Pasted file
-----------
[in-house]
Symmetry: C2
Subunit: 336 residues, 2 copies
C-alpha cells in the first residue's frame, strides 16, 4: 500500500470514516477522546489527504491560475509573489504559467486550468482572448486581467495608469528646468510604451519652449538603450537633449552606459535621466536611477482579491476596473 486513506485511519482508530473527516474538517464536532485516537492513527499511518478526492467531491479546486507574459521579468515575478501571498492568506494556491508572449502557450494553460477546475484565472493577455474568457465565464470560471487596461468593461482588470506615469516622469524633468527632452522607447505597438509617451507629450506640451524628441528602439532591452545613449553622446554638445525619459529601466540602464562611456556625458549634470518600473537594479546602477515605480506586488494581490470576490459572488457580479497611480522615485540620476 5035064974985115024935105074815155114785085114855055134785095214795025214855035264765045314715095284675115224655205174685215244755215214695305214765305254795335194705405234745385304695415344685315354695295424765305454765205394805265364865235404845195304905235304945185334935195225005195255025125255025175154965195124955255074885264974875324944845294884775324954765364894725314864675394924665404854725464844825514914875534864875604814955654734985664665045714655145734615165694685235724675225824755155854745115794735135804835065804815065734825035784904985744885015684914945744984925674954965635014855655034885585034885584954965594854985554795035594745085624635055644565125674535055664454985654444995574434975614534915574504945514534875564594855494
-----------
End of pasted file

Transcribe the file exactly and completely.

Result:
[in-house]
Symmetry: C2
Subunit: 336 residues, 2 copies
C-alpha cells in the first residue's frame, strides 16, 4: 500500500470514516477522546489527504491560475509573489504559467486550468482572448486581467495608469528646468510604451519652449538603450537633449552606459535621466536611477482579491476596473 486513506485511519482508530473527516474538517464536532485516537492513527499511518478526492467531491479546486507574459521579468515575478501571498492568506494556491508572449502557450494553460477546475484565472493577455474568457465565464470560471487596461468593461482588470506615469516622469524633468527632452522607447505597438509617451507629450506640451524628441528602439532591452545613449553622446554638445525619459529601466540602464562611456556625458549634470518600473537594479546602477515605480506586488494581490470576490459572488457580479497611480522615485540620476 5035064974985115024935105074815155114785085114855055134785095214795025214855035264765045314715095284675115224655205174685215244755215214695305214765305254795335194705405234745385304695415344685315354695295424765305454765205394805265364865235404845195304905235304945185334935195225005195255025125255025175154965195124955255074885264974875324944845294884775324954765364894725314864675394924665404854725464844825514914875534864875604814955654734985664665045714655145734615165694685235724675225824755155854745115794735135804835065804815065734825035784904985744885015684914945744984925674954965635014855655034885585034885584954965594854985554795035594745085624635055644565125674535055664454985654444995574434975614534915574504945514534875564594855494